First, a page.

"We have to go out of our comfort zone."

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Media captionRiver, from Ibeyi's debut album, performed live at The Quay Sessions

The result sounds like nothing you've ever heard, fusing the rhythms of Kendrick Lamar with traditional Latin percussion. (Naomi, like her father, plays the cajon and bata.)

The sisters' harmonies, meanwhile, draw on Nina Simone, Ella Fitzgerald and the rich Yoruba culture imported to Cuba via slave ships from Nigeria and Benin.

"Yoruba songs are quite magical," says Lisa. "You don't need to know a lot about Yoruba music to just feel it.

"We were afraid people would feel it wasn't genuine, but it was inevitable for us because it's part of our culture. It's not to be commercial or underground, or cool."

As soon as Ibeyi recorded their first EP, the band were snapped up by Adele's record label XL. Owner Richard Russell was so enamoured he offered to produce the band's first album.

That debut, also called Ibeyi (the Yoruba word for twins), was a meditation on family, love and history, addressing the twins' late father (Think of You) and also their older sister (Yanira), who died in 2013 from a stroke.

Touring the record forced the band to relive those losses, night after night, for almost two years. So it's no surprise they were ready for a change on its follow-up, called Ash.

"We wanted people to dance and sing more," says Lisa-Kainde. "We wanted it to be more physical. As soon as we realised that, our writing changed."

Image copyright XL Recordings
Image caption The sisters' joy in making music is evident in the video for Away Away

That's exemplified on Ash's ebullient first single Away Away, the carefree video for which sees the duo dance and pull faces in the recording studio.

The slinky Me Voy, meanwhile, is sung entirely in Spanish, to make it "more sensual".

Yet the band found themselves drawn to more serious subjects too while recording Ash in the midst of last year's US presidential election.

No Man Is Big Enough For My Arms, for example, samples Michelle Obama's response to obscene comments Donald Trump was recorded making in 2005 ("the measure of any society is how it treats its women").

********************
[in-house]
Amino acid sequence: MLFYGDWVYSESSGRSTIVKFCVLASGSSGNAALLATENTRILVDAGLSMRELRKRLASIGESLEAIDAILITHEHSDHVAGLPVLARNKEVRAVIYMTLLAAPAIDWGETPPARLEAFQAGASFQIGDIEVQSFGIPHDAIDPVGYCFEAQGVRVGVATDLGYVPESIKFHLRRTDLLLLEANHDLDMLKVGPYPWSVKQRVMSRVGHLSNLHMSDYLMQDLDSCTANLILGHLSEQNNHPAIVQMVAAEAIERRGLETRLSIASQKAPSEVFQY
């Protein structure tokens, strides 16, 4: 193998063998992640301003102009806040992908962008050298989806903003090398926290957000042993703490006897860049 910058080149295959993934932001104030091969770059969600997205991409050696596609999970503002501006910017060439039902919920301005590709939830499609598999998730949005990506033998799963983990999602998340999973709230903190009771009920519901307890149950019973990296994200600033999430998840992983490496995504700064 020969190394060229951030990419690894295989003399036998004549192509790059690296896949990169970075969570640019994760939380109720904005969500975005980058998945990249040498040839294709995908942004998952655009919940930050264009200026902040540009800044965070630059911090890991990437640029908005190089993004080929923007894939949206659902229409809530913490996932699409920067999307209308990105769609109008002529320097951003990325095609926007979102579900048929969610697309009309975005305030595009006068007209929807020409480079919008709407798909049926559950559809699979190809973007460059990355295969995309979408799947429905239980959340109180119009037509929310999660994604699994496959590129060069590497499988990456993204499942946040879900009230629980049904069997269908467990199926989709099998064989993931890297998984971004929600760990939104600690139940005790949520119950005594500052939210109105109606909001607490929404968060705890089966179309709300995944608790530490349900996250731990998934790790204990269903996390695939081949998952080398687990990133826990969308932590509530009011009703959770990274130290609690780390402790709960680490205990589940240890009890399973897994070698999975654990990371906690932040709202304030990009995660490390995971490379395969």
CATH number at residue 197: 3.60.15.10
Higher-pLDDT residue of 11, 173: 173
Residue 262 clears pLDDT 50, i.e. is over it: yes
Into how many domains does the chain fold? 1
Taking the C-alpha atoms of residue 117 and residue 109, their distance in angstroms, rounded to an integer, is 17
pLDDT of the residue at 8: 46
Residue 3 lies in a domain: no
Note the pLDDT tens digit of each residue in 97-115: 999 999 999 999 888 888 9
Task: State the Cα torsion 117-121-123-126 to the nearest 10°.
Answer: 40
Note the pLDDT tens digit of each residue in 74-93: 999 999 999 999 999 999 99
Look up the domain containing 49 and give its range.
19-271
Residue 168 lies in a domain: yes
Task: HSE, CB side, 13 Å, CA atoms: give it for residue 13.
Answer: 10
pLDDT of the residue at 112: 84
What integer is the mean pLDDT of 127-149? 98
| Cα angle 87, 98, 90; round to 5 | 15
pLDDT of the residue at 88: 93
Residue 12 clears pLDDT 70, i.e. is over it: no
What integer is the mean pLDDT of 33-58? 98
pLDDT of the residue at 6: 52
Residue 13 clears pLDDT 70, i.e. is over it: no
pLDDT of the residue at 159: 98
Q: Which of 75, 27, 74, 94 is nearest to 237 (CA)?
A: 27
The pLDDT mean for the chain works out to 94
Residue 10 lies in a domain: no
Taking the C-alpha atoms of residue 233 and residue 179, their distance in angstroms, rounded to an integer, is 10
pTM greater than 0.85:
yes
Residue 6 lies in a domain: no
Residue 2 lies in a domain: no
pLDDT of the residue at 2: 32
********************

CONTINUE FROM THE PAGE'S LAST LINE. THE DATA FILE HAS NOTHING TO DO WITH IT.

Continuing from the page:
Transmission, meanwhile, quotes Claudia Rankine's Citizen, a book-length poem about race in America.

"I don't think we knew we were going to talk that much about what is happening into the world," says Lisa-Kainde.

"But it was a wonderful surprise to realise we were ready to express ourselves about what we feel is wrong or right.

"We don't have the truth. We're not preaching. But we realised we wanted to express it publicly, so it was quite powerful."

Image copyright David Uzochukwu
Image caption The sisters' father died when they were just 11 years old

Across the album, Ibeyi also reference painters like Frida Kahlo and Jean-Michel Basquiat, while guest musicians include jazz star Kamasi Washington and Spanish hip-hop artist Mala Rodriguez.

It's infused with an eyes-wide, everyone-welcome sense of wonder, from a band who admit they're constantly hungry for new influences.

"It's funny," says Lisa-Kainde. "People think that musicians, when they run out of inspiration, should listen to music. I don't believe in that.

"The day you don't have inspiration, you should read a book, you should look at Frida Kahlo's paintings, you should watch a [John] Cassavetes film or just walk around your city looking at architecture.

"There's so much incredible art that could give you the inspiration back. That's what will keep you going."

Ash is released on 29 September by XL Recordings.